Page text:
There are a number of fairly obvious influences on this work. Perhaps it is almost inevitable that his hero Beethoven would have some stylistic input. And also it seems reasonable that his good friend Felix Bartholdy would have some bearing on the work. And then again it was composed in the same milieu as the great symphonic works of Franz Berwald (massively underrated composer and symphonist). But for all this seeming influence we have here a very fine work - if not a masterpiece. However it is my contention that every work we hear does not have to be a masterpiece. Not even the great masters were able to produce consistently inspired works. Even Beethoven wrote some third rate music during his lifetime.
This is a tightly constructed work that is very much a product of its time. It is attractive to listen to; there is a great sense of unity - not only in each movement, but also throughout the entire work. For these reasons it is a satisfying work to listen to. Perhaps it has classical balance whilst being a romantic symphony?
Per August Ölander was born in Sweden in 1824.
He was a largely self-taught composer and was not a professional musician.
In fact he combined the role of music critic and violinist with that
of a civil servant as a custom's officer. He caused quite a stir in
1876 with his opera 'Blenda.' The newly crowned King of
Sweden, Oskar II was a great patron of the arts. To this end he had
organised a competition for an opera on a Nordic subject. The prize
was 5000 Crowns. We do not know the quality or quantity of the other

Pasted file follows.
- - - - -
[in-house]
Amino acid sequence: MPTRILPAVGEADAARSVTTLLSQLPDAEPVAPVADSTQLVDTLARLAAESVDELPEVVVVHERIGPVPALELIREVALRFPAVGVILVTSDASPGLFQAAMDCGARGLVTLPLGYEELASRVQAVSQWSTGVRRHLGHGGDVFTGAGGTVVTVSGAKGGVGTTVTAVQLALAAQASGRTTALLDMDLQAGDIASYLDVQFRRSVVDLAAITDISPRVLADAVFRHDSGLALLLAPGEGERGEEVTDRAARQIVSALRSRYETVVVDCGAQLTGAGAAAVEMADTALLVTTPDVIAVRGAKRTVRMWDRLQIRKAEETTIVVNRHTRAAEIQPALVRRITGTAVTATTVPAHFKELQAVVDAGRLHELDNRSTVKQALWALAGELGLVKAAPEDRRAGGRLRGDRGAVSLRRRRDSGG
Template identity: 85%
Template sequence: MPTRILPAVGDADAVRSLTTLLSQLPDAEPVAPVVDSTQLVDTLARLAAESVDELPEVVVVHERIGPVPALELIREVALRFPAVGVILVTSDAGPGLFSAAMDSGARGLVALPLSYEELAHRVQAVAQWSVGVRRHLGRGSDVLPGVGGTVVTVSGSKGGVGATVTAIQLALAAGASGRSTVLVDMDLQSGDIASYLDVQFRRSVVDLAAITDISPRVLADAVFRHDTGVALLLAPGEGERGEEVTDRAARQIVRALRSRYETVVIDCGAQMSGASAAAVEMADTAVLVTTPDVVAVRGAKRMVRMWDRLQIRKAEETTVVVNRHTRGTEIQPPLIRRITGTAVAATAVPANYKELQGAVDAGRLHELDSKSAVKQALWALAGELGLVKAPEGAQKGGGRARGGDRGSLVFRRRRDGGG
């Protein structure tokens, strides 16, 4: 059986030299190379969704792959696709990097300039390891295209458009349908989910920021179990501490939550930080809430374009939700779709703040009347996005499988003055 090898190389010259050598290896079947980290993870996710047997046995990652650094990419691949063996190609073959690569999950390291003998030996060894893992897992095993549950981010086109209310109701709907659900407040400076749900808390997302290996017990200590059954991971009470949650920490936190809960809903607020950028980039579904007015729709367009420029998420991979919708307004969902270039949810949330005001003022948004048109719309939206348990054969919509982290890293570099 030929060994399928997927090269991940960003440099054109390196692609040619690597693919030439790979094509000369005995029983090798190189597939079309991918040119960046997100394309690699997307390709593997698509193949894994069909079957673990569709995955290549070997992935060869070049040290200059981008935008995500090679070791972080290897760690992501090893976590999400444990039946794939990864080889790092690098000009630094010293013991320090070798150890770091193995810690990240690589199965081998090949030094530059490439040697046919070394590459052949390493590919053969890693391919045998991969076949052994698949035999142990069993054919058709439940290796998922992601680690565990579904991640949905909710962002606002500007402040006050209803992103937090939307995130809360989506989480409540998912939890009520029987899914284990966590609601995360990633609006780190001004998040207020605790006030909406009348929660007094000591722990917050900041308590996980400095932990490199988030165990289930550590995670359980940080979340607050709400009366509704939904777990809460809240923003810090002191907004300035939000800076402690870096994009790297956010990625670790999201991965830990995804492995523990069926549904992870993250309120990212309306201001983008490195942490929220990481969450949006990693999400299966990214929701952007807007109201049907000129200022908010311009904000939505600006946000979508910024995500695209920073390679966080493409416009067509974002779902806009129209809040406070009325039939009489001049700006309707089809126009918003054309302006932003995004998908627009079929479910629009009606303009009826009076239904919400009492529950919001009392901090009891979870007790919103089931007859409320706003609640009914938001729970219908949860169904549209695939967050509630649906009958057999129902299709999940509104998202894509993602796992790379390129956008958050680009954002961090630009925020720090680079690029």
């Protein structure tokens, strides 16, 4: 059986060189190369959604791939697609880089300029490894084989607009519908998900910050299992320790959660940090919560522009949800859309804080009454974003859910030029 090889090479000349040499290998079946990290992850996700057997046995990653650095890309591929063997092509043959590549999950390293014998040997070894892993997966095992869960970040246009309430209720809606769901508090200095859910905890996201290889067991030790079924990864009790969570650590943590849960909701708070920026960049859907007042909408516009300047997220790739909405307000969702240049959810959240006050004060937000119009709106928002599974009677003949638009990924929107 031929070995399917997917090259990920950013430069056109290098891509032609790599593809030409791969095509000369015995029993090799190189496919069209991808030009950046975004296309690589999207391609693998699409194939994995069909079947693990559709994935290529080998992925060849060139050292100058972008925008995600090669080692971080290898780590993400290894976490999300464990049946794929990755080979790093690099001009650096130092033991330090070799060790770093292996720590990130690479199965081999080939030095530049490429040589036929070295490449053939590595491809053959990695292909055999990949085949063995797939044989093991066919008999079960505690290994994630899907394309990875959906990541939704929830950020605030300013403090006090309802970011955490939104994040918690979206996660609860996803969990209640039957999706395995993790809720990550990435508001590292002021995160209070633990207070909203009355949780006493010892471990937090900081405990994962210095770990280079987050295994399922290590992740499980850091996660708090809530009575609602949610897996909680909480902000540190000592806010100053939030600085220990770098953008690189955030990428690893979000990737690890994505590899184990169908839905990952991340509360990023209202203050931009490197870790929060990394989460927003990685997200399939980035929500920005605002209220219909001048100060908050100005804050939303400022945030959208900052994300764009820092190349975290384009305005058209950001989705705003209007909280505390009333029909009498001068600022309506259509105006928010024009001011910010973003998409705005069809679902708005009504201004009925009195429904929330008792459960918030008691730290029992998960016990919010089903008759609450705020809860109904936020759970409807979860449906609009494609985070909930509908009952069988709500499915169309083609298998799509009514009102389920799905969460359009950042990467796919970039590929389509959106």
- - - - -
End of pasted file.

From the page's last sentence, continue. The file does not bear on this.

entrants, save that Ölander won the prize by acclamation;
the jury were unanimous. Strangely however, the libretto was very poor
- it lacked originality and sense of plot. However it was rescued by
the brilliant music provided by the composer and his facility at writing
good melody and effective harmony. His skill in writing for voices has
been likened to that of Bellini.
The sleeve-notes suggest that there is ample research to be carried out into this little-known composer. Furthermore it suggests that Ölander was involved in much scheming and plotting over the performances of his operas.
Ölander does not have a huge catalogue to his name. The
opera mentioned and an operetta, Master Placide. There is a Missa
Solemnis, a couple of psalm settings
and some chamber music. There may of course be much other music waiting
to be discovered. Ölander died on 3rd August
1886 aged 62.
The composer's only symphony was composed around 1868. The sleeve-notes explain the mystery surrounding the exact circumstances of this piece. Suffice to say that it was performed at August Meissner's concert at Berns on 3rd November 1872. However contemporary sources suggest that the work had been performed before this date.